7 In this paper, we will also need the converse of the Pythagorean Theorem which is illustrated by the graph below. Specifically, if the square of the length of a side of ΔABC equals the sum of the squares of the lengths of the other two sides, then ΔABC is a right triangle with a right angle opposite the longest side. Papick s book Algebra Connections includes a proof of the converse to the Pythagorean Theorem. Note: The illustration below was created using GeoGebra. In the figure a = Area Q = 16 sq. units, b = Area R = 9 sq. units and c = Area S = 5 sq. units. Then by substitution = 5. Note that the graph illustrates one of the best known right triangles, namely one with side lengths 3 and 4 and hypotenuse of length 5. If we were to draw this triangle we
8 could begin by drawing a right angle using sides of length 3 and 4. Because of the Pythagorean Theorem, we know that when we draw the third side (i.e. the hypotenuse) it must have length 5. The fact that the hypotenuse has integer length is something worth noting. Contrast this with what would happen if our two sides had length and 3. By the Pythagorean Theorem, the hypotenuse of this triangle would have length 13. This idea leads to the study of what are known as Pythagorean triples and primitive Pythagorean triples. A Pythagorean triple consists of three positive integers, a, b, and c, such that a = + b c. As mentioned previously, a wellknown example is 3, 4, and 5 because = = 5 = 5. Other examples include (5, 1, 13); (8, 15, 17); and (0, 48, 5). It is easy to see that there are an infinite number of Pythagorean triples because one can always multiply all three positive integers by a positive integer k and get another Pythagorean Triple. In other words if (a, b, c) is a Pythagorean triple, then so is (ka, kb, kc). For example, since (3, 4, 5) is a Pythagorean Triple, so is (6, 8, 10) and (9, 1, 15). An effective way to generate Pythagorean triples is based on Euclid s formula found in his book Elements. This formula states that if m and n are two positive integers with m > n, then a = m b =mn n c + = m n, is a Pythagorean triple. As an example, let m = 5 and n = 3. Then a = 5 3 = 16; b = (5*3) = 30; and c = = 34. Note that, = 34, since = Other examples are:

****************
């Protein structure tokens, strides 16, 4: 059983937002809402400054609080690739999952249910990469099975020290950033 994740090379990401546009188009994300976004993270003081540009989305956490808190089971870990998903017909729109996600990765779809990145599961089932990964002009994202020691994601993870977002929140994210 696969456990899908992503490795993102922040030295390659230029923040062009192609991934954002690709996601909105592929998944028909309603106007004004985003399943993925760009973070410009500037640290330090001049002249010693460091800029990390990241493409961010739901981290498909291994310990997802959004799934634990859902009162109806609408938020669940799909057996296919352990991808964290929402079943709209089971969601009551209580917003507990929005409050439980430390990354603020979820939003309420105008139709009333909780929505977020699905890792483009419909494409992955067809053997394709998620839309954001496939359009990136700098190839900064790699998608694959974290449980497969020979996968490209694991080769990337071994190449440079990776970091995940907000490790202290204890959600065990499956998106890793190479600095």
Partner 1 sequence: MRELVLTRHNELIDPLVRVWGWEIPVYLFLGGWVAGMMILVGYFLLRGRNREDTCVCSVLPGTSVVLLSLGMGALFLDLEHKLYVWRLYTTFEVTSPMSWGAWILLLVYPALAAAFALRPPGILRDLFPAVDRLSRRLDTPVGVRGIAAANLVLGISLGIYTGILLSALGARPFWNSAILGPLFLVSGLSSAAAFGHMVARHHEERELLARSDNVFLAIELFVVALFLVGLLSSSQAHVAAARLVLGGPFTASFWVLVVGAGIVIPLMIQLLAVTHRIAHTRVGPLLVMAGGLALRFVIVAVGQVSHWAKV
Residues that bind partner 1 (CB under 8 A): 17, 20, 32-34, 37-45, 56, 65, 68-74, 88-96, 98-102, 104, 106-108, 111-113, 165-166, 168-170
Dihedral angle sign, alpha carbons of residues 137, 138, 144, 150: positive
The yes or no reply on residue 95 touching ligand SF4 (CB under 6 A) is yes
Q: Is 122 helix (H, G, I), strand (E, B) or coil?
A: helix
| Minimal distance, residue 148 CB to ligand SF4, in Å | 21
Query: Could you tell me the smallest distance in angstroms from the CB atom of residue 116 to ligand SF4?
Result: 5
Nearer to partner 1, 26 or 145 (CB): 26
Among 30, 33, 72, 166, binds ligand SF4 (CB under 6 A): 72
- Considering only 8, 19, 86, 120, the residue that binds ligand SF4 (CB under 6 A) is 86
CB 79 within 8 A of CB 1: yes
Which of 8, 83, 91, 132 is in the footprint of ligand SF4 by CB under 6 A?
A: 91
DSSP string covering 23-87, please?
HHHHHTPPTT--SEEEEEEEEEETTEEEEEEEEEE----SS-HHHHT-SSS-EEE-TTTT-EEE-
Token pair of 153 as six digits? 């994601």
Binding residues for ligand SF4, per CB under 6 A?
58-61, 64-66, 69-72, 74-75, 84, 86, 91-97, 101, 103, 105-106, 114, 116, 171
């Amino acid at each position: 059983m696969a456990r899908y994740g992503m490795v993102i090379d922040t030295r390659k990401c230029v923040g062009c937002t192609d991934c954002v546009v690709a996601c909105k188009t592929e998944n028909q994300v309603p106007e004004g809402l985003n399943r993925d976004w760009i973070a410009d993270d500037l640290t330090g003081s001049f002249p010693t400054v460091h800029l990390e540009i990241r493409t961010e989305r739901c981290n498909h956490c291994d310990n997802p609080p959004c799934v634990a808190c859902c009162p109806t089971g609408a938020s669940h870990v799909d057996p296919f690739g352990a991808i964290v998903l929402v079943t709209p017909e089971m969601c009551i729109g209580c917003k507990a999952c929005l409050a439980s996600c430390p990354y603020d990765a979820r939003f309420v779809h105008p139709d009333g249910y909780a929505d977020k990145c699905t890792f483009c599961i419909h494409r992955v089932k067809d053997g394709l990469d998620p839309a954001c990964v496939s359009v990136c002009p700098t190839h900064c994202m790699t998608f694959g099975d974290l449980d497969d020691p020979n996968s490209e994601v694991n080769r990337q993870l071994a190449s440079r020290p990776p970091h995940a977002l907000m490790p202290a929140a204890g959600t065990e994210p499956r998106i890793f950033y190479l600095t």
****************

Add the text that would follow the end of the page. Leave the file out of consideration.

9 m n a = m n b =mn c = m + n , 48, , 30, , 16, 0 We can show that this construction always gives a Pythagorean triple as follows: + a b = ( m n ) + (mn) 4 4 = m m n + n + 4m n 4 = m + m n = ( m = c + n ) This work shows that if m and n are chosen by Euclid s formula the result is a Pythagorean triple. Pythagorean Triple Pythagorean triples can be used to construct right angles. Since the numbers in a Pythagorean triple are integers, if these are used as the lengths of the sides of a triangle it will necessarily be a right triangle. By tying knots on a string at even intervals and using the string to enclose a triangle with dimensions corresponding to a selected Pythagorean triple, the largest angle will be a right angle. This is proven to be true by the converse of the Pythagorean Theorem: If the square of the length of a side in a triangle equals the sum of the squares of the lengths of the other two sides, it is a right triangle with a right angle opposite the longest side. This method was used to step masts at sea and by Egyptians in construction work. Today the Pythagorean theorem is used by architects, engineers, meteorologists, airplane pilots, photographers, construction workers, plumbers, and quilters to name just a few. A Pythagorean triple is called primitive if a, b, and c are relatively prime. Integers are said to be relatively prime if their greatest common divisor is 1.